A.J. Pierzynski sorta kinda retired but not really


A weird scene unfolded in Atlanta on Saturday night. A.J. Pierzynski, the Braves’ 39-year-old catcher, hit a single in the 10th inning of the their win over the Mets, putting what would be the winning run on third base. Afterward, he hugged his teammates, passed out cigars, got the Gatorade shower treatment and had the ball he hit authenticated by the MLB authentication folks. He also happened to have his family, who he flew up from Florida, in attendance to watch a rare start from the now-third string Braves catcher.

Did A.J. Pierzynski retire?

Not technically. Not yet anyway. As Mark Bowman of MLB.com reports, the Braves placed him on the disabled list yesterday. As Bowman further notes, doing so when the rosters are expanded in September is rather pointless. And that’s before you acknowledge that Pierzynski didn’t obviously injure himself or anything.

It’s a good bet that Pierzynski is going to retire after the season, but my gut feeling is that this is a bit of roster manipulation, however benign, that allows Pierzynski to finish out the season while still collecting a paycheck but while likewise still being able to be away from the team and back home with his family — who live close to the Braves’ training facility in Orlando where a DL’d player would go — without it being a problem. And while avoiding the ignominy of a release.

If that’s what is going on it’s a pretty nice gesture from the Braves who, despite Pierzynski’s reputation as a somewhat difficult guy and somewhat disruptive force over the years, has been a welcome part of the club for the past two years. He hit quite well last year, and has been a good clubhouse presence, a mentor and much-needed source of levity for the Braves over two difficult seasons when leadership and levity has been hard to find in Atlanta.

It’s not too sad if this is it for him as a player, though. He’s been fantastic as a TV analyst in the postseason the past couple of years. I suspect that the stuff that made him a difficult presence in the earlier part of his career — talking frankly and at times critically to ballplayers who are used to all manner of courtesy and complicated rituals of respect — is what makes him a good analyst. Not sugarcoating things and talking about players less-than-diplomatically may make it harder to be a good teammate, but it’s good stuff for TV. He should have a successful broadcasting career ahead of him if he wants it.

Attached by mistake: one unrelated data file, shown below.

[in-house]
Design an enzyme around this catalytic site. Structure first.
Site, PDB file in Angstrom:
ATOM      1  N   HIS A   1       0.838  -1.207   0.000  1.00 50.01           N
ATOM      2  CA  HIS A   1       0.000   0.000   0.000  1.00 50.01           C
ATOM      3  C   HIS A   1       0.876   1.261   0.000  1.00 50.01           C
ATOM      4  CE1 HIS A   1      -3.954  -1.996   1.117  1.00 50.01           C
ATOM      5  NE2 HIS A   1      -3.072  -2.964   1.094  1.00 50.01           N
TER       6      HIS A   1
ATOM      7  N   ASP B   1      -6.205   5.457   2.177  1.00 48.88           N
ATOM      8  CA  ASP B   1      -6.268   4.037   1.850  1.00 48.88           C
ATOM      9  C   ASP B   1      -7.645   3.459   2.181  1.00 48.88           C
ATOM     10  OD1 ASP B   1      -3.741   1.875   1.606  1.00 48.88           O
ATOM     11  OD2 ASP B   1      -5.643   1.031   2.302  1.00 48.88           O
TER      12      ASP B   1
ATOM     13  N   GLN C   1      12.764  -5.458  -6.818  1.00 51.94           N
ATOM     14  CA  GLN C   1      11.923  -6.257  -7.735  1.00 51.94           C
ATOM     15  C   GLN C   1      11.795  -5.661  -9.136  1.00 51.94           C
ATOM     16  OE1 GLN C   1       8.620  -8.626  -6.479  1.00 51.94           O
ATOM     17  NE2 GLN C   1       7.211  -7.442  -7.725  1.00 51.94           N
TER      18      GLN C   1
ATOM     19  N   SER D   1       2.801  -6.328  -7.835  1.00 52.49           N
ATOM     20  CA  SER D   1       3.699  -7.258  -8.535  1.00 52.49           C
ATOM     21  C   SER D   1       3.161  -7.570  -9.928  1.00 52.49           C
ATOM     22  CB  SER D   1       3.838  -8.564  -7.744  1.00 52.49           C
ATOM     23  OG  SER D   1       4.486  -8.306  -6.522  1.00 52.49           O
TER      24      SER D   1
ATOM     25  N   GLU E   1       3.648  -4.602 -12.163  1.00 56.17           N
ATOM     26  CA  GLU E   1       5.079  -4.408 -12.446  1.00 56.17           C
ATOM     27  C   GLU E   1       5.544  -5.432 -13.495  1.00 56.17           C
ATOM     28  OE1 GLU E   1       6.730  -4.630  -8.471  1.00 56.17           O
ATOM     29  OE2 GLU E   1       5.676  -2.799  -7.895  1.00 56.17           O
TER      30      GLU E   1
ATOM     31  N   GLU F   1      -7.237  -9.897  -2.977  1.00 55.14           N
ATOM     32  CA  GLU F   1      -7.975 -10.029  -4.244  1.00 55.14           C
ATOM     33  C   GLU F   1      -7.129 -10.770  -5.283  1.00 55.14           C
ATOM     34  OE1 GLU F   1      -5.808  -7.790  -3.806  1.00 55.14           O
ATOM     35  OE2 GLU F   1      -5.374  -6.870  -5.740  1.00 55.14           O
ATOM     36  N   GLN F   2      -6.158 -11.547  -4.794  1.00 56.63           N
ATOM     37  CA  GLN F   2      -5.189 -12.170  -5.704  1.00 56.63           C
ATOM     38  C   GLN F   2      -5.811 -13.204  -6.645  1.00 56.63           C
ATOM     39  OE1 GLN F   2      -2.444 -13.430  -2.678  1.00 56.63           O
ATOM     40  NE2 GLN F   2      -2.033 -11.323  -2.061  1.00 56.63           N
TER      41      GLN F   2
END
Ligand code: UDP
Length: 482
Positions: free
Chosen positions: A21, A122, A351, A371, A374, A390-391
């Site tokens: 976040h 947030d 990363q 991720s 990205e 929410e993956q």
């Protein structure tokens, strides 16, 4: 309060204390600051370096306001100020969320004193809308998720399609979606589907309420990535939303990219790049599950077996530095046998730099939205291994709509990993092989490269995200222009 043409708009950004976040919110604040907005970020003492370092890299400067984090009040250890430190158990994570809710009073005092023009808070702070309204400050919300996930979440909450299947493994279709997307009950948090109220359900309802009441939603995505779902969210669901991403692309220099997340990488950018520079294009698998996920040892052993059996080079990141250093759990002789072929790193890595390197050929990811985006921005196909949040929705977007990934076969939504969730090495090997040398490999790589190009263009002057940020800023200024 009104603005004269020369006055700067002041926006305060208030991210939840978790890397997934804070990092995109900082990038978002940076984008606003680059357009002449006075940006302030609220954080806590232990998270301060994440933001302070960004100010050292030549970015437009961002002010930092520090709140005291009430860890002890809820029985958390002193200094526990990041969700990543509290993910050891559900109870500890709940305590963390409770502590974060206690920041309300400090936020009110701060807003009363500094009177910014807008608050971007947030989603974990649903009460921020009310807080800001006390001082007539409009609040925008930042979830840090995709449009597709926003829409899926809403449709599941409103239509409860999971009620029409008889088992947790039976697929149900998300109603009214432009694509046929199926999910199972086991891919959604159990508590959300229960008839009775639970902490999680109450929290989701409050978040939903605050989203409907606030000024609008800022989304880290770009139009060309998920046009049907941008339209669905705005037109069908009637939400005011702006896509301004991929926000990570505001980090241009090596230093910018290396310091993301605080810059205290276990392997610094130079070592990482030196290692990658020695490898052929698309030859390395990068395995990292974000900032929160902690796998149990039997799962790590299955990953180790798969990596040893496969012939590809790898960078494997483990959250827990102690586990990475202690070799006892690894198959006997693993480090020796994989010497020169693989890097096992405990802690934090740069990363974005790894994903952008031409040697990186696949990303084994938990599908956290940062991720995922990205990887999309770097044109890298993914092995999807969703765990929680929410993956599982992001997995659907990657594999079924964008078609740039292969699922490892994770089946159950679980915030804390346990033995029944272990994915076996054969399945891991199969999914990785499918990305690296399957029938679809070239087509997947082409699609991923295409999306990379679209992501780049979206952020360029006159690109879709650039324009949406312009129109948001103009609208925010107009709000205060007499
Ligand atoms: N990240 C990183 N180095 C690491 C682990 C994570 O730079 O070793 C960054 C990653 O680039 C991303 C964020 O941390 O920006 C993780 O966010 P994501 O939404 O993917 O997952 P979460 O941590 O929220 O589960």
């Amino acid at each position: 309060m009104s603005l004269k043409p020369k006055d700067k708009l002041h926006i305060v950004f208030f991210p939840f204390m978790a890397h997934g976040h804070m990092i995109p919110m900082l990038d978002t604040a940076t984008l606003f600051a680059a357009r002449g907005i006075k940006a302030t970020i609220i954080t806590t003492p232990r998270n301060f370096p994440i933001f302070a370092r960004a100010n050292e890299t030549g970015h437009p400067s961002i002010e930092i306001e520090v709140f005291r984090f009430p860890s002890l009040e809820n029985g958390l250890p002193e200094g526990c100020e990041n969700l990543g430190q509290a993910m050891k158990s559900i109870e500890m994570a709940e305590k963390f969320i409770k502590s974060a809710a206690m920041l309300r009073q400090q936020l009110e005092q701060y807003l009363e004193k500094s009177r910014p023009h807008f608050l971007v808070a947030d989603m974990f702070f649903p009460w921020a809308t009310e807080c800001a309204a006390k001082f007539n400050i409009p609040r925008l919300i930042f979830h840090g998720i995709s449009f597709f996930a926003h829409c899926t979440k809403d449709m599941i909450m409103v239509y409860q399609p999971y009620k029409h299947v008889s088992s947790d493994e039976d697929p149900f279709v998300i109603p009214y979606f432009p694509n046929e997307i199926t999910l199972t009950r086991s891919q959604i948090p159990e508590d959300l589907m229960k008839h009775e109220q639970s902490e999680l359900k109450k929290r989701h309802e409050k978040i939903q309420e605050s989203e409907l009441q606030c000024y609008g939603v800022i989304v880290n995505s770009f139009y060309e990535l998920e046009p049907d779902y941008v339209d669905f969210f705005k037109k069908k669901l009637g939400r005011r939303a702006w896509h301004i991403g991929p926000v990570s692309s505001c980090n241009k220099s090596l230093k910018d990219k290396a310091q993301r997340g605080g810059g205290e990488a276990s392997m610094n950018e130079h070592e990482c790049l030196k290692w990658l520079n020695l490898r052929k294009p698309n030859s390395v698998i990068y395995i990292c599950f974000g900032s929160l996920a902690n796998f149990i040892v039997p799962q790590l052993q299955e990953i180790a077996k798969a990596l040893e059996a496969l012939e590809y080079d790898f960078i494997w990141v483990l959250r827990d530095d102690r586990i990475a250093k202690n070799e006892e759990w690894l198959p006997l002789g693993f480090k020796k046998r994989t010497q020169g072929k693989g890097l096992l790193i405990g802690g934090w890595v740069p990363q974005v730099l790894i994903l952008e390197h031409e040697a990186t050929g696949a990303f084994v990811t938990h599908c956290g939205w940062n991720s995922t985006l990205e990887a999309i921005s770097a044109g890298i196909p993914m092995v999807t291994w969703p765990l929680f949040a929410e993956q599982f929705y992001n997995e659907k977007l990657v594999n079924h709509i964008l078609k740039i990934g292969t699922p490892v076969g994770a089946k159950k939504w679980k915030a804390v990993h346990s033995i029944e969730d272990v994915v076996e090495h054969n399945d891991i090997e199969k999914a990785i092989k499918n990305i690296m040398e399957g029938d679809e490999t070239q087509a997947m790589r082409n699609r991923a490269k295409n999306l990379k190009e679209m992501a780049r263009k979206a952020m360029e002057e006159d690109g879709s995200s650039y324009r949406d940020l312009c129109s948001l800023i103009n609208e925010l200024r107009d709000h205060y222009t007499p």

Happy trails, A.J.

Brian Cashman signs 4-year contract to remain Yankees GM

Lucas Peltier-USA TODAY Sports

SAN DIEGO — Brian Cashman has signed a four-year contract to remain the New York Yankees Senior Vice President and General Manager. The announcement was made during the first day of baseball’s Winter Meetings.

Cashman, New York’s GM since 1998, had been working on a handshake agreement since early November, when his five-year contract expired.

The Yankees were swept by four games in the AL Championship Series and haven’t reached the World Series since winning in 2009. It is the franchise’s longest title drought since an 18-year gap between 1978-96.

Cashman’s main goal during the offseason is trying to re-sign AL MVP Aaron Judge.

Judge hit an American League-record 62 homers this season with a .311 batting average and 131 RBIs. He turned down the Yankees’ offer on the eve of opening day of a seven-year contract that would have paid $213.5 million from 2023-29.

While Judge remains on the market, Cashman was able to re-sign Anthony Rizzo on Nov. 15 to a two-year contract worth $40 million after turning down a $16 million player option.

Cashman has been the Yankees general manager since 1998. He has been with the organization since 1986, when he was a 19-year old intern in the scouting department. In his 25 seasons as GM, the Yankees have reached the postseason 21 times, including four World Series championships and six American League titles.